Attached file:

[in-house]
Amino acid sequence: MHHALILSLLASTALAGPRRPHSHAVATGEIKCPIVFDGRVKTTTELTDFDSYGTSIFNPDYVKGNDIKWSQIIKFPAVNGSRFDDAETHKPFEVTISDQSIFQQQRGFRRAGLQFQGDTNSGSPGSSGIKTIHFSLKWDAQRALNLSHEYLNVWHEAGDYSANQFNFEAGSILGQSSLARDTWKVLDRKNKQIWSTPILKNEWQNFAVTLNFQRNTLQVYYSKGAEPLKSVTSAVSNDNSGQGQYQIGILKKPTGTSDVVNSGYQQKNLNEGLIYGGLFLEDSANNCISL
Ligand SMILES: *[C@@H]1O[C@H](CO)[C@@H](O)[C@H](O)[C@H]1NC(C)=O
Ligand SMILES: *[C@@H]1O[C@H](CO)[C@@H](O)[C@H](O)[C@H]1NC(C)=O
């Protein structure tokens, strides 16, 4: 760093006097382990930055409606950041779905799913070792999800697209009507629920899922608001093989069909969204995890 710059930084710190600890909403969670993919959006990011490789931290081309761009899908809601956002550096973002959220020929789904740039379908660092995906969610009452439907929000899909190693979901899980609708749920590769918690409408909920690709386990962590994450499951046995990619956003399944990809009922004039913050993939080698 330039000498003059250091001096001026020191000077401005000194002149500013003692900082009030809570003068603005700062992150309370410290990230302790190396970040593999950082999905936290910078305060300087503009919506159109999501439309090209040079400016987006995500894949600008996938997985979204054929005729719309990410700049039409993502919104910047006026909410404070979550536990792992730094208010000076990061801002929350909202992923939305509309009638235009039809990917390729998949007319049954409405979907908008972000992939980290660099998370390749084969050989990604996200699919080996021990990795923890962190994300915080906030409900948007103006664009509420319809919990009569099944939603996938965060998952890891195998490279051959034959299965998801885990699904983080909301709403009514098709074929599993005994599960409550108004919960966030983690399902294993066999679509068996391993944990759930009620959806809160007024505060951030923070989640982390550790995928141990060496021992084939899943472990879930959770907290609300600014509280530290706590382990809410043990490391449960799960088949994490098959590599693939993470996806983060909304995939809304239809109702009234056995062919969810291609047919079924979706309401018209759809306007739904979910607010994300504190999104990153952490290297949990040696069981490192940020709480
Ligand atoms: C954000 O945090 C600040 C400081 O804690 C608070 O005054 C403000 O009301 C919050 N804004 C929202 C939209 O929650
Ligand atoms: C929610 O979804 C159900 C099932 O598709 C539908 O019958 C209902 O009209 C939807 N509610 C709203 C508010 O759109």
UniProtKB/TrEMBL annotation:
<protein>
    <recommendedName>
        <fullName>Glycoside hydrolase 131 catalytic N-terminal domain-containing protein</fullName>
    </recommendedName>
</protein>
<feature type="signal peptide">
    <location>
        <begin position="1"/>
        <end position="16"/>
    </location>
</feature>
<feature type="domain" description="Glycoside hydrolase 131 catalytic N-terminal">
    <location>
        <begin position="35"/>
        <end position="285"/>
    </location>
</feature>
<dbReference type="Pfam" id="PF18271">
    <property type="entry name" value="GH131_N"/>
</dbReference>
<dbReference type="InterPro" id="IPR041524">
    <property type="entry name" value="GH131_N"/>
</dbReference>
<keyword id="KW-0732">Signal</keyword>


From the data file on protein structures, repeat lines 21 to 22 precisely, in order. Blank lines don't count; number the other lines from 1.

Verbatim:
    <location>
        <begin position="35"/>